Physicians have known for at least 40 years that infectious bacteria (like staphylococcus aureus) can be transmitted on clothing. And now, as part of a comprehensive plan to reduce hospital infection rates, Britain’s National Health Service has recommended against physicians wearing white coats.
An interesting research study showed (back in 1991) that the dirtiest part of physicians’ coats are the sleeve tips and pockets. But surprisingly, coats that were washed at 1 week intervals and coats that were washed at 1 month intervals were equally capable of transmitting bacteria. Now that multi-drug resistant bacteria have become so common, they too can hitch a ride on coat sleeves and make their way from patient to patient.
During my residency, I clearly remember being horrified by the grunge I saw on my colleagues’ coats, all hanging up together on hooks outside the O.R.s. and in various parts of the hospital. I used to wonder if they were spreading diseases – but comforted myself that many bacteria need a moist environment to survive – so while the coats were certainly filthy, by and large they were not moist. Unfortunately my self-comfort was somewhat ill conceived – gram negative bacteria (like E. coli) do indeed need moisture for survival, but many viruses and gram positive bacteria (they usually live on the skin) do just fine in a dry environment. Other studies have confirmed that stethoscopes also carry a high bacterial load if not cleaned between patients. In fact, in reviewing some research studies for this blog post, I found that researchers have analyzed everything from hospital computer keyboards, to waiting room toys and patient charts. Infectious bacteria have been cultured from each of these sites.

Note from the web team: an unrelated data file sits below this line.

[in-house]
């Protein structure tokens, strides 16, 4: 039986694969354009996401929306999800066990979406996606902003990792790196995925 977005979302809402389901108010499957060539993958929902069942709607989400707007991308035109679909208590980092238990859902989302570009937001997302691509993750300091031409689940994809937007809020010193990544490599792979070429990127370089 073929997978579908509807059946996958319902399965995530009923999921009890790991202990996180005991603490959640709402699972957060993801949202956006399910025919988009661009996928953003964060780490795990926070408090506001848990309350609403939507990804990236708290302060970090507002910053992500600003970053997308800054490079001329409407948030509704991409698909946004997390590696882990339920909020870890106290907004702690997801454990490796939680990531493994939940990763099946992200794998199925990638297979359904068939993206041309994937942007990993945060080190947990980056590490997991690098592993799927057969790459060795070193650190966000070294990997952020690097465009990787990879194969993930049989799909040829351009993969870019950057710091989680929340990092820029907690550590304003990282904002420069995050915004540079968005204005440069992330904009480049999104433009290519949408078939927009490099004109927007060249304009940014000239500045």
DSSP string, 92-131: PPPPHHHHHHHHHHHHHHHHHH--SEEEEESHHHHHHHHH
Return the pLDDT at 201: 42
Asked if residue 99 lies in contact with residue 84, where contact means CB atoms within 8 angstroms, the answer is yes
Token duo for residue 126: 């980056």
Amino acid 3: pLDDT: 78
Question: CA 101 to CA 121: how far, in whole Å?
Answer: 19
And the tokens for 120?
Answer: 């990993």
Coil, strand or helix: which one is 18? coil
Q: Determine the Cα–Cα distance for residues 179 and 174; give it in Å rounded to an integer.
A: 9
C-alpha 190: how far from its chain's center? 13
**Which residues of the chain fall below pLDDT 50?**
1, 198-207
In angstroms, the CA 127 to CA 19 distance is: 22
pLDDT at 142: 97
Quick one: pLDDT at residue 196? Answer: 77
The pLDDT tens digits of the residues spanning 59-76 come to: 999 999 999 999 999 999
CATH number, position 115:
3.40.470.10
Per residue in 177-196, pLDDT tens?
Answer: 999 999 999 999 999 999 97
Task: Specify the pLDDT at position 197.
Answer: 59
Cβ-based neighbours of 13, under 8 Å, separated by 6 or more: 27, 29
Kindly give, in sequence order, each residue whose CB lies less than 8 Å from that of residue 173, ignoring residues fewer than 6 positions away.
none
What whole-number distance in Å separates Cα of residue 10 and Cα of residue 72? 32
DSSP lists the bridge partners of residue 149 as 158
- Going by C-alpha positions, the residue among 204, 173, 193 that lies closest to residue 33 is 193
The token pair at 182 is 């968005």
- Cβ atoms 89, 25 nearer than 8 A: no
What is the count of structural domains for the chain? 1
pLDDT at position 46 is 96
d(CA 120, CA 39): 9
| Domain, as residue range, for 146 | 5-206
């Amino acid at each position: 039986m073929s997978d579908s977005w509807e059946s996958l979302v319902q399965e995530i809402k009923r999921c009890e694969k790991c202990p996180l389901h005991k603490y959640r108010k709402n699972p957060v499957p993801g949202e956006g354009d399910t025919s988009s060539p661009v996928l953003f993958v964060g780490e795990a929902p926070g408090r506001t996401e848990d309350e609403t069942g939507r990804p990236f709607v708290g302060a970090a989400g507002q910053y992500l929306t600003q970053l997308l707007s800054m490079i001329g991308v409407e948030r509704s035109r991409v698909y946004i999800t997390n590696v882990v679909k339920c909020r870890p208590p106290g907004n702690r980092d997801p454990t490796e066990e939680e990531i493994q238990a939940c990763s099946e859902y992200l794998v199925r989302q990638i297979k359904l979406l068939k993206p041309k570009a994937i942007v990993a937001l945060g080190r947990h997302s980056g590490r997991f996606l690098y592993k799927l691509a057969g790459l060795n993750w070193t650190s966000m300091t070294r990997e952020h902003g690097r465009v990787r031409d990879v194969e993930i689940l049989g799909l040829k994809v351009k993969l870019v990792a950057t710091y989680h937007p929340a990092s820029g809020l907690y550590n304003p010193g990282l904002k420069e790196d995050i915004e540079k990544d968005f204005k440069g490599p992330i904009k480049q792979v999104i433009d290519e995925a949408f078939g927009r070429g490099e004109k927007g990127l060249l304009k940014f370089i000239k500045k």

Which leaves me to wonder: can we ever create a sterile hospital environment? Not so much. Although I agree that infections can be spread by white coats, and that a short sleeved clothing approach might help to reduce disease spread, I’d like to see some clear evidence of infection rates being reduced by not wearing coats before I’d prescribe this practice uniformly (pun intended). Bacteria can be spread on any type of clothing, by blood pressure cuffs, by stethoscopes, by dirty hands, by hospital charts… and we certainly can’t dispose of all of these. What would be left?
White Coat Rants (a wonderful new ER blog) describes the “ER of the future” – adhering to all the possible safety concerns of oversight bodies. Take a look at this whimsical perspective on what it would take to make the Emergency Department truly “safe” and imagine what it would take to make the hospital totally sterile.This post originally appeared on Dr. Val’s blog at RevolutionHealth.com.